Frederick Joseph RAFFERTY
Late of ?
New South Wales Police Force
Regd. # 5079
Rank: Probationary Constable – appointed 4 March 1946
Sergeant 2nd Class – appointed 1 July 1967
Inspector – appointed 12 February 1976
Senior Inspector – appointed 10 October 1980
Service: From ? ? pre March 1946 to ? ? ? = ? years Service
Awards: No find on It’s An Honour
Born: 11 May 1922
Died on: Thursday 14 September 2017
Event location: ?
Event date: ?
Funeral date: Friday 22 September 2017 @ noon
Funeral location: South Chapel, Woronora memorial Park, Linden St, Sutherland
Buried at: Cremated
Memorial located at: ?
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Sun (Sydney, NSW : 1910 – 1954), Monday 21 July 1952, page 2
JUDGE ON PERIL OF WRONG-SIDE CAR PASSING
To overtake on the left side was a dangerous practice for motor-drivers, Judge Lloyd said in Quarter Sessions Appeals Court today.
“It is pretty prevalent in Sydney, Judge Lloyd said. “It has almost become a rule of driving, but some day there may be a very bad accident, he added. The judge made this comment during the hearing of an appeal by Eric Jellinek, Grosvenor St., Woollahra, against severity of a £10 fine imposed by Mr. Stonham, SM, at the Traffic Court on May 8 for overtaking vehicles on the incorrect side in Moore Park Rd., Paddington.
Constable Frederick Joseph Rafferty said he saw Jellinek, who was riding a motor-cycle, pass five vehicles on the wrong side. The constable said this portion of Moore Park Rd, was a dual road separated by plantations. It was the practice for motor-drivers going west to keep close to the plantations on their right-hand side.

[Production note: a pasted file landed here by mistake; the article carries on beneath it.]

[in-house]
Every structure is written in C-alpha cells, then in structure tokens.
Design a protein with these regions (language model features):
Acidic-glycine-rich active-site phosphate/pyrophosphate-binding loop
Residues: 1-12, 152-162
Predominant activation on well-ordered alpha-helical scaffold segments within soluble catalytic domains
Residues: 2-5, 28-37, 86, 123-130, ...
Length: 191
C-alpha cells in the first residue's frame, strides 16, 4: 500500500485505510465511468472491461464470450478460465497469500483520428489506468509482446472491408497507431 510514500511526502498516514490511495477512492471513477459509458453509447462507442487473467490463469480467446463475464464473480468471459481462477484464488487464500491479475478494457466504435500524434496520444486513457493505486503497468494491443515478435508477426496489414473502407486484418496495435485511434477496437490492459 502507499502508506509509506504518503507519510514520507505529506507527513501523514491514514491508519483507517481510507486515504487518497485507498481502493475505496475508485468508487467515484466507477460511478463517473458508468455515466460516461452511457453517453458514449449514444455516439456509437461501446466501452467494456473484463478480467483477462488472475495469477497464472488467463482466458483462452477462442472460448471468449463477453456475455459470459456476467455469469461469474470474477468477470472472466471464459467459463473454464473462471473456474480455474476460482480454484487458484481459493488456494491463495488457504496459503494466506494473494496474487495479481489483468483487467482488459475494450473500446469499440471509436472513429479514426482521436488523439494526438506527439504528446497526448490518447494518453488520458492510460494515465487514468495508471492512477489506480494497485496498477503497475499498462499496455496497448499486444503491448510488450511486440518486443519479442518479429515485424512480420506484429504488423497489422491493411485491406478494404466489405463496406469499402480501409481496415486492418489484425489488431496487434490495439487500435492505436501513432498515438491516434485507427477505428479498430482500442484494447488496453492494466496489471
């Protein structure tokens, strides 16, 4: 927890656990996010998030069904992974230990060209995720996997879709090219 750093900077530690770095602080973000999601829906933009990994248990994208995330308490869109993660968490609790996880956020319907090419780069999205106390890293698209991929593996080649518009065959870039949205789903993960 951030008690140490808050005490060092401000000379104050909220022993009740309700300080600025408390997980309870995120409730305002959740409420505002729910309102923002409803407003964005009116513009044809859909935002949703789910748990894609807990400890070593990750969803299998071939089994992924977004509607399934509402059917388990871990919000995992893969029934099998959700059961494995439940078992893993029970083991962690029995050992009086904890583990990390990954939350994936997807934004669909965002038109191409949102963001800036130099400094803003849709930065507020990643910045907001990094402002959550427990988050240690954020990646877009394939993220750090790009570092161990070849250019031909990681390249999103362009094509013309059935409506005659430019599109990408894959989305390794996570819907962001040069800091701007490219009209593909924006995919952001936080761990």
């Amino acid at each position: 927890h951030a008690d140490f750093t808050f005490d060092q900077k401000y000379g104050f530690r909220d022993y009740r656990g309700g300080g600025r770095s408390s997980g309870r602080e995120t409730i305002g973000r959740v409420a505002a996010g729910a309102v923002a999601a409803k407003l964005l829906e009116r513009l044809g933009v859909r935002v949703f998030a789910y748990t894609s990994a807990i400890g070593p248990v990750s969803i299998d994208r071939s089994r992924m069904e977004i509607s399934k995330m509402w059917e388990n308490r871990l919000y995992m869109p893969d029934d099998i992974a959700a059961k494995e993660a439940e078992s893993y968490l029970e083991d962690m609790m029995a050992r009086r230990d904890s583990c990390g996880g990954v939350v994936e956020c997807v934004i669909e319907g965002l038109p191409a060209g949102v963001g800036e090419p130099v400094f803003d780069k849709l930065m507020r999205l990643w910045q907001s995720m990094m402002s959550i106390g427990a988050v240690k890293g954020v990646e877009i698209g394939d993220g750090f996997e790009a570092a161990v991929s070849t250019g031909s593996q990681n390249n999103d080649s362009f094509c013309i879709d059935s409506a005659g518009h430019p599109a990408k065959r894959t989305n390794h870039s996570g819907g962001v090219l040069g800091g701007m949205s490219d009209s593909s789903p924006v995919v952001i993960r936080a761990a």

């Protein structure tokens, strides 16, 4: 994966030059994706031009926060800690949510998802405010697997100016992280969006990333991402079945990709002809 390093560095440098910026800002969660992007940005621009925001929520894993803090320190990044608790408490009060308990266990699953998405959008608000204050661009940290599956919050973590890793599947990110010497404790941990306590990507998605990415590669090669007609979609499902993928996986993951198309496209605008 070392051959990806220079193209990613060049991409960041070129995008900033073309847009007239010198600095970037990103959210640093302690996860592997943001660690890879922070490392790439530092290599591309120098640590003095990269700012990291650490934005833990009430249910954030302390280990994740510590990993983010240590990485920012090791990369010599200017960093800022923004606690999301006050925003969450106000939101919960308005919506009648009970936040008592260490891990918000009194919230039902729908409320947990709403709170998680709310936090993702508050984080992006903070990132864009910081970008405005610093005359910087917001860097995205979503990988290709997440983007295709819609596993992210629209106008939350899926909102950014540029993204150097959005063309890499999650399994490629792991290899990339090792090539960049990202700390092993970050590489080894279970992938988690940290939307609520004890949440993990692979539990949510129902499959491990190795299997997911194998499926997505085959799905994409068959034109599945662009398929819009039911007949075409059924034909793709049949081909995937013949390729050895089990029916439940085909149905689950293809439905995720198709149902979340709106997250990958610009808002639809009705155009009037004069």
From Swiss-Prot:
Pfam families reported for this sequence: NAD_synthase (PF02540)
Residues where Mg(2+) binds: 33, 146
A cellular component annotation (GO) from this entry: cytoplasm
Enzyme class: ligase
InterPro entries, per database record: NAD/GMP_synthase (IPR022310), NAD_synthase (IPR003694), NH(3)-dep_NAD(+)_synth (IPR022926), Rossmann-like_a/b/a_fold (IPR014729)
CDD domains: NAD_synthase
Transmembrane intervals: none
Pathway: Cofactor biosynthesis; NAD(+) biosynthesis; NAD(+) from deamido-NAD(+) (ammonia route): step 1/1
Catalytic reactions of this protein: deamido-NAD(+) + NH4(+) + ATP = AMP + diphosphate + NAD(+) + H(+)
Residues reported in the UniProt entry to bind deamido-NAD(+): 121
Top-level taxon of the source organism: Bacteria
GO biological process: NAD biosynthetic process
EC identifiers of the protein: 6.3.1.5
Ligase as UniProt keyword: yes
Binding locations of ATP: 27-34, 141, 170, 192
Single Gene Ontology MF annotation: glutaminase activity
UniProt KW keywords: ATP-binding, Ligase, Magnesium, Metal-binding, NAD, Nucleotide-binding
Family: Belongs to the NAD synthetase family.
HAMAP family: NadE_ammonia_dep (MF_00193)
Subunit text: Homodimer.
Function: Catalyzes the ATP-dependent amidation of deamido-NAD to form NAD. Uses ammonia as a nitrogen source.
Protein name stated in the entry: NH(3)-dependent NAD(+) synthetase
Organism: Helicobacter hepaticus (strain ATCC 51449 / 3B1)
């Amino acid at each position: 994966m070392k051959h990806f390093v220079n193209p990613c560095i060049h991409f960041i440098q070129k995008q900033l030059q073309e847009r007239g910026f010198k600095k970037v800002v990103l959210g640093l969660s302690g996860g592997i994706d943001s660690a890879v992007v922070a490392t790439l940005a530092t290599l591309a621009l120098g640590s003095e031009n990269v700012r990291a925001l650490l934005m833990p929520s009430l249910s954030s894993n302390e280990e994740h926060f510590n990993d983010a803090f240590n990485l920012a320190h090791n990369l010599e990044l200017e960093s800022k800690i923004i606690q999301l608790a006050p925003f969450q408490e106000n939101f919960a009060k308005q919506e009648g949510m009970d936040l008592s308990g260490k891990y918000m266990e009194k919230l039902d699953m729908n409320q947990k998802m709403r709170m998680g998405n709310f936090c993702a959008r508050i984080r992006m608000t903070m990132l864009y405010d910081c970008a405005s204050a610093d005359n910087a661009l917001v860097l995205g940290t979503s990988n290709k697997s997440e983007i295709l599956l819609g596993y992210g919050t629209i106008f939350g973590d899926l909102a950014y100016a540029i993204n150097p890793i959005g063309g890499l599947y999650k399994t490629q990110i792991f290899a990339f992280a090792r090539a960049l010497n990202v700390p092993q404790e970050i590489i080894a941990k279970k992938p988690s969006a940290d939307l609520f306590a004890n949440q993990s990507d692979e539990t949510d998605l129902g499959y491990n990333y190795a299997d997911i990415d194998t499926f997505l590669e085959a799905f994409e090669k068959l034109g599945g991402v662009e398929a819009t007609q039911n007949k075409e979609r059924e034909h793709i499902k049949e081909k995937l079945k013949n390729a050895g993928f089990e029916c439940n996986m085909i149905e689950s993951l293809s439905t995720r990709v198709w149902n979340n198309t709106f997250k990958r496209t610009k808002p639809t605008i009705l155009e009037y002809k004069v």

Judge Lloyd said it would have been extremely difficult for Jellinek to have overtaken vehicles on the right side.
But there was risk that some vehicle ahead of him might have swung out to Jellinek’s right side. In the circumstances. Judge Lloyd said he would reduce the fine from £10 to £2.
Newcastle Morning Herald and Miners’ Advocate (NSW : 1876 – 1954) , Tuesday 2 December 1947, page 3
Hecklers “Worst Enemies Of Democracy”
SYDNEY, Monday. – Men who heckled public speakers were the “worst enemies of democracy,” Judge Barton said in the Quarter Sessions Appeals Court to-day.
He made this comment when hearing the appeal of George Thompson, merchant seaman, 60, against a sentence of one month’s gaol for disorderly conduct at a meeting addressed by the Leader of the Opposition (Mr. Menzies) at the Maccabean Hall ( Darlinghurst ) in September, 1946.
Judge Barton set aside the sentence and imposed a fine of £5. “I have not the slightest sympathy with this type of conduct, and I think it is absolutely essential in democracy to preserve the right of the public to hear what a public man has to say,” Judge Barton said. “Although these men may not realise it, through their ignorance, they are in fact the worst enemies of democracy.
“It looks as if a very low type of citizen banded together to frustrate this meeting, he added.
Constable Frederick Joseph Rafferty said Thompson had shouted: “Pig Iron Bob, you dirty Fascist. We want Eddie: we want Eddie Ward.”
Mr. J. B. Sweeney (for Thompson) said 15 persons had been arrested at the meeting. The other 14 had all been fined, although there was no evidence to show Thompson’s conduct had been any worse than that of the others.